What you learn. How the courses are structured.

earworms adopts the so-called lexical approach to language. In essence, this means we look at language in terms of whole meaningful chunks, then break these down into their component bite-sized, easily digestible, easily absorbable parts and then reconstruct them. You not only learn complete, immediately useful phrases, you also intuitively learn something about the structure (the grammar) of the language.

These 'chunks' which the learner can 'mix and match', gradually build up to cover whole areas of the language.

This may sound logical to the layman, but it is only very recently that this approach (as expounded by Michael Lewis in his book 'The Lexical Approach') has been taken up in the classroom.

*In the March 2005 issue of the journal 'Nature' researchers at Dartmouth College in the US reported that they had pinpointed the region of the brain where 'earworms' or catchy tunes reside, the auditory cortex. They found that the sounds and words that have actually been heard can be readily recalled from the auditory cortex where the brain can perceptually hear or reconstruct them. Music, it seems, is the ideal catalyst to memorisation.

The UK demand for effective language learning.

Recent news and developments*

The UK government and the business community are insisting that we dramatically improve our language skills. Britain's economic future will be 'compromised' unless more students study foreign languages, according to Sir Digby Jones, the director-general of the CBI, and the government is supporting its appeal with structured programmes and financial backing, investing an extra £115 million in promoting language learning in 2005 plus £10 million for each year thereafter.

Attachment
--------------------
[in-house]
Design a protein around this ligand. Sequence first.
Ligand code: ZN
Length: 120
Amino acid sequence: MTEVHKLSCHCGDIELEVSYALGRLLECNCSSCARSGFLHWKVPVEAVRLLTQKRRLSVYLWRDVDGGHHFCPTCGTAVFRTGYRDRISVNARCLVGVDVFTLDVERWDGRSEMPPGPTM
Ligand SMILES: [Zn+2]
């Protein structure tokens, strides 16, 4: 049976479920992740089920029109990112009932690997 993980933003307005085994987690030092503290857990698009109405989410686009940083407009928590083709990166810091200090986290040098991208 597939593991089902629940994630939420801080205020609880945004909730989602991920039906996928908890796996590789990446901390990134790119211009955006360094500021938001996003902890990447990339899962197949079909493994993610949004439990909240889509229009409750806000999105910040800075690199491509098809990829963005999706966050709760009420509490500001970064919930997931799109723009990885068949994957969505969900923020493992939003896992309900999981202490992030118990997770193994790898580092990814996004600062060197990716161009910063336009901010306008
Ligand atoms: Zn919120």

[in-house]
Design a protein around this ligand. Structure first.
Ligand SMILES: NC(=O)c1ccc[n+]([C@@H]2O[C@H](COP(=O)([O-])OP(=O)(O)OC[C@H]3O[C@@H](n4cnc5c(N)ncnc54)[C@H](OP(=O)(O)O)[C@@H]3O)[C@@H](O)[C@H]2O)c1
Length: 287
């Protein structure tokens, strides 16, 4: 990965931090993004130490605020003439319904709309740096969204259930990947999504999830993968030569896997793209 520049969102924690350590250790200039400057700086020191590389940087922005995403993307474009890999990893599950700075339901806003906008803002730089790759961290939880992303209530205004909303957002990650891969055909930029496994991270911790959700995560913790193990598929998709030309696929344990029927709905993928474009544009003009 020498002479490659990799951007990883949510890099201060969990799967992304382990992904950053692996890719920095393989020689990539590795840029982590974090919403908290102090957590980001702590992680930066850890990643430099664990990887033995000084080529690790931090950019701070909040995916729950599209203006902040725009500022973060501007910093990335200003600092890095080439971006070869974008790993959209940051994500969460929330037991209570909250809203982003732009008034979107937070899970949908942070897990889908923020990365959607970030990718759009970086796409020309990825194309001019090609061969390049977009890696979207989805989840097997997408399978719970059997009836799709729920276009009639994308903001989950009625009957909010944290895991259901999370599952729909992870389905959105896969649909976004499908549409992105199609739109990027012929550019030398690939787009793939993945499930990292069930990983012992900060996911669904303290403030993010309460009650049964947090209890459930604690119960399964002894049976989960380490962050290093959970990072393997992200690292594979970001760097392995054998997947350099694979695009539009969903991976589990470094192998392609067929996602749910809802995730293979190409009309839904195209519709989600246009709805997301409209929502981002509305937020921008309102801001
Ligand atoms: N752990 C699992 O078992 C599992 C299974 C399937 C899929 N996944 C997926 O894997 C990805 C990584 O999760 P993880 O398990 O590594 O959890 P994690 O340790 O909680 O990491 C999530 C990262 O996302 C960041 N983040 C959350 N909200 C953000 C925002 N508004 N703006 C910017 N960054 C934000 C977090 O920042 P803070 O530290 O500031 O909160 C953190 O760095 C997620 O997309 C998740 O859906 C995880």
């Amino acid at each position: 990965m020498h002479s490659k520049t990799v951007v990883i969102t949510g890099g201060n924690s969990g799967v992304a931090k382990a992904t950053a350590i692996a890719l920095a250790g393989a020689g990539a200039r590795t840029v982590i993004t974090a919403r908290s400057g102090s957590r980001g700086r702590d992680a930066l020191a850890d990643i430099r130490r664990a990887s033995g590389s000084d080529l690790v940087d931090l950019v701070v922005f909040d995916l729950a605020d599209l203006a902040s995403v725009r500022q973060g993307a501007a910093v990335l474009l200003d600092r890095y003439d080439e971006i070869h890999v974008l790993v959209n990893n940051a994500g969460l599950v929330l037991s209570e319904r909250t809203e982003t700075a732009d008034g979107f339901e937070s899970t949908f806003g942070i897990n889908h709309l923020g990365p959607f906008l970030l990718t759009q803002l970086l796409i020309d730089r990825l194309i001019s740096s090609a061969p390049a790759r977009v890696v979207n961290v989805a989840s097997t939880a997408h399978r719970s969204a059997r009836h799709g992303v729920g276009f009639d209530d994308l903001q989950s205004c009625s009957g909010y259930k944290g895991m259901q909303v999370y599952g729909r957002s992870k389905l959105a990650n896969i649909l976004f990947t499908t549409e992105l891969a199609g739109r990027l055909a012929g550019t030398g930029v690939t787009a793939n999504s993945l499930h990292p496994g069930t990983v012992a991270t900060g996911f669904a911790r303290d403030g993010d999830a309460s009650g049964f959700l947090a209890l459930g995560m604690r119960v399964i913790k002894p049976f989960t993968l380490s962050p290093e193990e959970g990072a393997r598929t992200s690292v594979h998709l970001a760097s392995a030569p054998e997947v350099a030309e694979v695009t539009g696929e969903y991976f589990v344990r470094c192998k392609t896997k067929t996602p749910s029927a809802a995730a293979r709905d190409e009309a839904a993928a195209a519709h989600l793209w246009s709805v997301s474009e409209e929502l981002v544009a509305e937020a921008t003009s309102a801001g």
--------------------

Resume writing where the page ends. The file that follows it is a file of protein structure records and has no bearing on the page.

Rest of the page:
'Anyone who is serious about doing business in international context needs to wake up to the need for languages,' said Hugh Morgan Williams from the CBI. But the take-up of language learning programmes does not match this latent demand.

The reasons have a lot to do with our preconceptions of language learning - that it must be difficult, time consuming and dry, and this pretty much reflects the state of affairs in the UK language learning scene.

Learning through music and repetition is especially effective for young learners!

Given the widespread popularity of pop music especially in Britain, and the fact that music has been scientifically proven to be an excellent memory aid, earworms is a language learning tool 'made in heaven' for UK learners, especially young learners who the government has in its sights at the moment. The system has been extremely successful in classroom tests, and the resonance among teachers and pupils has been more than enthusiastic.

A common reaction has been 'Why hasn't this been done before?' or 'At last a learning product that really helps you to remember!'

Why hasn't music been used more in education up to now?

Imagine kids at school getting a CD of hip-hop songs with all the historical dates or all the French verbs they have to learn, or all the countries and capitals of the world! Wouldn't that make their (and teachers') school lives much easier, much more fun, much more successful.

Rest assured we are working on it.